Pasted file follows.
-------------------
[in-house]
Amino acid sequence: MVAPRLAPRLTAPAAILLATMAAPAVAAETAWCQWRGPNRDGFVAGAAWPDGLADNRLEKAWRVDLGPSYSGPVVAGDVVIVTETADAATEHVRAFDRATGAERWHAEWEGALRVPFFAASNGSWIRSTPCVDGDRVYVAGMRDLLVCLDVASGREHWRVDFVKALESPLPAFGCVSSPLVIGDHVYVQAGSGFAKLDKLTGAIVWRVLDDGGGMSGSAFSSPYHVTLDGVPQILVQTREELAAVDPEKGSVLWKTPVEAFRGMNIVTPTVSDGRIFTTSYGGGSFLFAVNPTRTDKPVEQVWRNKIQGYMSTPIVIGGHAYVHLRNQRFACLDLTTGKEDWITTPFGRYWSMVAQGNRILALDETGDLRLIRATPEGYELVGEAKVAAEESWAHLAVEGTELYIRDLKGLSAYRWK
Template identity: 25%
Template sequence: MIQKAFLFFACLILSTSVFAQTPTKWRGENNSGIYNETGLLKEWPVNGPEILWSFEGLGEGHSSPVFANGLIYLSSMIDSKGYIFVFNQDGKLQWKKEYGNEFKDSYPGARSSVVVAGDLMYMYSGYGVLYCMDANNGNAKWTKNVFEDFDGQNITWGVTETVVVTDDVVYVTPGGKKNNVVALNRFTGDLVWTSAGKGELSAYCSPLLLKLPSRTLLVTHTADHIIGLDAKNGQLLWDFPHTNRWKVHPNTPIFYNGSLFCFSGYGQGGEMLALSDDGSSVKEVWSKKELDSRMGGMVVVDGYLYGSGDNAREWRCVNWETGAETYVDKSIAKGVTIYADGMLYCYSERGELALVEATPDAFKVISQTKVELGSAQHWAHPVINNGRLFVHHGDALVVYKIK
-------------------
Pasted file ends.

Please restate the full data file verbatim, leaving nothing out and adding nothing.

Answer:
[in-house]
Amino acid sequence: MVAPRLAPRLTAPAAILLATMAAPAVAAETAWCQWRGPNRDGFVAGAAWPDGLADNRLEKAWRVDLGPSYSGPVVAGDVVIVTETADAATEHVRAFDRATGAERWHAEWEGALRVPFFAASNGSWIRSTPCVDGDRVYVAGMRDLLVCLDVASGREHWRVDFVKALESPLPAFGCVSSPLVIGDHVYVQAGSGFAKLDKLTGAIVWRVLDDGGGMSGSAFSSPYHVTLDGVPQILVQTREELAAVDPEKGSVLWKTPVEAFRGMNIVTPTVSDGRIFTTSYGGGSFLFAVNPTRTDKPVEQVWRNKIQGYMSTPIVIGGHAYVHLRNQRFACLDLTTGKEDWITTPFGRYWSMVAQGNRILALDETGDLRLIRATPEGYELVGEAKVAAEESWAHLAVEGTELYIRDLKGLSAYRWK
Template identity: 25%
Template sequence: MIQKAFLFFACLILSTSVFAQTPTKWRGENNSGIYNETGLLKEWPVNGPEILWSFEGLGEGHSSPVFANGLIYLSSMIDSKGYIFVFNQDGKLQWKKEYGNEFKDSYPGARSSVVVAGDLMYMYSGYGVLYCMDANNGNAKWTKNVFEDFDGQNITWGVTETVVVTDDVVYVTPGGKKNNVVALNRFTGDLVWTSAGKGELSAYCSPLLLKLPSRTLLVTHTADHIIGLDAKNGQLLWDFPHTNRWKVHPNTPIFYNGSLFCFSGYGQGGEMLALSDDGSSVKEVWSKKELDSRMGGMVVVDGYLYGSGDNAREWRCVNWETGAETYVDKSIAKGVTIYADGMLYCYSERGELALVEATPDAFKVISQTKVELGSAQHWAHPVINNGRLFVHHGDALVVYKIK